Risa Tzohar said...

The bottom line is that Jew didn't fight Jew. This happened because the idealistic Jewish settlers refused to fight their brothers. The IDF had 30 days of psychological training camp where they prepared the soldiers participating in the 'removal' for both violent and non-violent resistance.

While in some places soldiers and settlers prayed together in many other places they dragged crying children from their homes.

Just about everyone agreed that this was not one of the great moments in the Zionist narrative and I don't think there will be a next time. If anything we can conclude that this exercise in futility brought more bloodshed than it prevented and alienated some of the most loyal of Israel's citizens.

Anonymous said...

I was actually trying to say something complimentary about the army and how the event played out to the Jews of the Diaspora. I did not mean for you to feel attacked and I should tell you I do feel slightly attacked by your response. The reality is what I saw ,I saw on television. I do not watch any news show that is anti-Israel but we watch loyally Fox News. The crying children you speak of were in a place with their parents that their parents knew they had to evacuate. The parents, not the army, put those children into the situation. I would also like to add that even in America the government has a right to confiscate your home if its for the greater good of the community it is called eminent domain. And yes there were settlers (I believe they later turned out to be bused in yeshiva students-one of them was the son of a friend of mine)who the television showed had barracaded themselves into the same synagogue that I had referenced earlier and were throwing items, albiet not life threatening items, at the riot police who came to take them out. So yes it did appear to be Jew fighting Jew. You need to remember also that the extent of fighting in our world is police squaring off against protesters, it is not the word of battle that you live with. So from the point of an American child it was Jew fighting Jew. I would also say that any soldier who would have to go through what those young soldiers did in Gaza of course would need psychological couseling. Not just in how to deal with the situation if violence erupted but for the psychological stress that the entire situation caused them. I cannot see how this could have been good for the boys and girls in the IDF. one thing that wa also shown on tv were crying soldiers as well.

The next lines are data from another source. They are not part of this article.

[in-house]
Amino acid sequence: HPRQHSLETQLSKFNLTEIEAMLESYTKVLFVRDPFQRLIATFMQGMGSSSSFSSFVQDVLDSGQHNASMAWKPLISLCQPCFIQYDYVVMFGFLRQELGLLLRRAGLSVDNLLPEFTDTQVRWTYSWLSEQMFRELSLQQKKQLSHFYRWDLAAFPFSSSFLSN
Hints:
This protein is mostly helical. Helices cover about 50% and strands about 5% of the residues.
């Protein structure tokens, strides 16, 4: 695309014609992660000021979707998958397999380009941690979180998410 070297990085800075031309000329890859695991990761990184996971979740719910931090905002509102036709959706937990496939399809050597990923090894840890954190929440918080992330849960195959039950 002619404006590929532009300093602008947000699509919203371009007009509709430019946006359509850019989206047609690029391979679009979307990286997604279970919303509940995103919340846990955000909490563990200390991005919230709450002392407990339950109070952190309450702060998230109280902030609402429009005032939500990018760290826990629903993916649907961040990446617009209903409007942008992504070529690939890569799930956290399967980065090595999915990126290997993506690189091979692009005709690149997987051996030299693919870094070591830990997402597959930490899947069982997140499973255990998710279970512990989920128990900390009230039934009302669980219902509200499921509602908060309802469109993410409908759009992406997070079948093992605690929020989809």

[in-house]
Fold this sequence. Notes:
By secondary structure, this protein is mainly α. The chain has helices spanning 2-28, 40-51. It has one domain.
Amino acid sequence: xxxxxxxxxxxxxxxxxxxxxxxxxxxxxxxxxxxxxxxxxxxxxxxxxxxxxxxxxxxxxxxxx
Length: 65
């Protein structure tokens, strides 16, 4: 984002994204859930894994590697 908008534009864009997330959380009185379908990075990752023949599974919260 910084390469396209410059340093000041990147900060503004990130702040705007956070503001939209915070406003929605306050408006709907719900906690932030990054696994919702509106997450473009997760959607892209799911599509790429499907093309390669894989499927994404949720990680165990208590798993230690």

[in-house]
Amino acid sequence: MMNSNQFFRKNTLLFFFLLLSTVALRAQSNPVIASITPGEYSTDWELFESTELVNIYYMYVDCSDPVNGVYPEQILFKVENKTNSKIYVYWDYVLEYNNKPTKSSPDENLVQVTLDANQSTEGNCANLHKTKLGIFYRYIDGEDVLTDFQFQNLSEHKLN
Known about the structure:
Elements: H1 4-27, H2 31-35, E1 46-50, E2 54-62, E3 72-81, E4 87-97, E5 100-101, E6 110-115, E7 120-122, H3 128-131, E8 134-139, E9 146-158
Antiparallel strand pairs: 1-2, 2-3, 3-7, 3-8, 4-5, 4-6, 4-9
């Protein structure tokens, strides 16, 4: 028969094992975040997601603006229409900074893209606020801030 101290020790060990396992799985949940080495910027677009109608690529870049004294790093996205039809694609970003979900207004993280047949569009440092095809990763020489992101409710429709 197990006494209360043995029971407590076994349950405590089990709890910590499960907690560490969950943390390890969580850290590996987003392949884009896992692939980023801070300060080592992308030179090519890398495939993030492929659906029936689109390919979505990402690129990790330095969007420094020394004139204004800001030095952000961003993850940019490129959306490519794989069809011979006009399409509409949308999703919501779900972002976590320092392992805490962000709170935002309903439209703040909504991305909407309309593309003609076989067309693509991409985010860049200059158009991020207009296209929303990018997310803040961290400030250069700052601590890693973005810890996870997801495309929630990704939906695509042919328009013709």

I do have to agree with you that the withdrawal from Gaza was an abysmal failure full of horrible bloodshed and unfortunately I do not think it is over. It's what was warned when Sharon decided to withdraw. I cannot stop to think however, if he had not become incapacitated how the entire situation may have evolved differently. I do not know what will happen with your home in the future. All I can say is I hope that Israel thinks long and hard about the consequences and finds a solution that does not cost it so dearly next time. For there will be a next time that Israel will have to choose and its not because of outside pressure but because its who Israel is, always looking for the right way.

Batya said...

That ceremony wasn't the best way of protesting, but we can't be a country and army which blindly obeys orders. There's a dangerously fine line.

Lady-Light said...

How do you find a solution to this? What happens if there is another order for hitnatkut of other 'settlers,' what then?
(Also, what is your email address, Risa? You may email me.)

Risa Tzohar said...

I think it should be defined by law that the army can not be used to enforce a law against civilians (who are not security risks). That's what police are for.